The Chemical Educator
ISSN: 1430-4171 (electronic version)
Abstract Volume 19
(2014) pp 305-309
Lightning in a Bottle: Measuring NOx Formed by Electrical Discharge in an Inquiry-Based General Chemistry Laboratory Experiment
Kurt Winkelmann*, Monica H. Baloga, and Alfred Menendez
Department of Chemistry, Florida Institute of Technology, 150 West University Blvd, Melbourne, FL 32901, firstname.lastname@example.org
Published: 10 October 2014
Abstract. Students in general chemistry laboratory investigate the formation of nitrogen oxides (NOx) gases produced by electrical discharge under different experimental conditions. In the first week of this three-week laboratory experiment, students generate NOx gases using the electrical discharge of a Tesla coil to break down N2 and O2 in air. After mixing the reacted sample of gas with an aqueous indicator solution, they quantify the concentration of NOx using spectrophotometric techniques. They select a research question related to the experiment to investigate during the next two laboratory sessions and develop a hypothesis. Based on skills learned during the first week, students design their own experimental procedure, interpret their data, and report an appropriate conclusion. This inquiry experiment introduces students to traditional chemistry topics (e.g., gas laws, dilutions and oxidation-reduction reactions) as well as applications of chemistry such as lightning and atmospheric science.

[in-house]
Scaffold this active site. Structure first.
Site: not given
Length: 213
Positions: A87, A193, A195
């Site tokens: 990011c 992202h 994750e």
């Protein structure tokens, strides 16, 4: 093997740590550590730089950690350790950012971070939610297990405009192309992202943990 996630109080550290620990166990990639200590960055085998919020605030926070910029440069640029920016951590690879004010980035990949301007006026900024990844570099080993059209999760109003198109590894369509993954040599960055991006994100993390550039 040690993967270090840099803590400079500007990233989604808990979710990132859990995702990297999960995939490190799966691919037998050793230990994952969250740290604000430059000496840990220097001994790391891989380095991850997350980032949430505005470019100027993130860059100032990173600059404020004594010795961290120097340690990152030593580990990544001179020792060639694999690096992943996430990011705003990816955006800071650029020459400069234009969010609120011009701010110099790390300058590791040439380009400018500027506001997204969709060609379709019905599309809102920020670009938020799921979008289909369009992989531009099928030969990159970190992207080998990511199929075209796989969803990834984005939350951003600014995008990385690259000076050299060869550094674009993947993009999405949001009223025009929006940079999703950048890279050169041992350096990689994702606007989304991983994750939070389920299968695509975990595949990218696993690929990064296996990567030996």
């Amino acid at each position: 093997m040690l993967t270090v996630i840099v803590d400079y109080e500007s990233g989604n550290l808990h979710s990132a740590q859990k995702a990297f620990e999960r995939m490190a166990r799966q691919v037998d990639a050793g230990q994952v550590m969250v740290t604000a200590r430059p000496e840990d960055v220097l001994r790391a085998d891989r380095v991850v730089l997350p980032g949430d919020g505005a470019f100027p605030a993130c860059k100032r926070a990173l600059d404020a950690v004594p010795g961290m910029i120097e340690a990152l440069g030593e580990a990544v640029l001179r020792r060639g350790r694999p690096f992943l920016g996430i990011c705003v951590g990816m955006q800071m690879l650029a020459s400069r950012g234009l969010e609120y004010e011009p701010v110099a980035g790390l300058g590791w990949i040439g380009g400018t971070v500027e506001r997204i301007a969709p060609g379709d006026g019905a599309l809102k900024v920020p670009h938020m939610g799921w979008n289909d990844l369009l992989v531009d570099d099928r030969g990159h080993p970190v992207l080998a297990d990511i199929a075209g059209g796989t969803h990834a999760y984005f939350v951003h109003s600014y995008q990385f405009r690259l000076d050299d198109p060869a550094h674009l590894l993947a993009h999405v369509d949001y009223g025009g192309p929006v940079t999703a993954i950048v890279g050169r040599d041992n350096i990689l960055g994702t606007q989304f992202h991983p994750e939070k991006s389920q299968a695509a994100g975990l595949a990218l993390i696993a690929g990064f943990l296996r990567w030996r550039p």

Key Words: Laboratories and Demonstrations; general chemistry; atmospheric chemistry; inquiry; formation of NOx gases
(*) Corresponding author. (E-mail: email@example.com)
Supporting materials for this article include (1) the laboratory handout containing background, procedure, research questions and supplementary information for students, (2) the spreadsheet used to graph data and calculate NOx concentrations and (3) instructions for preparing solutions used in this experiment (285 KB).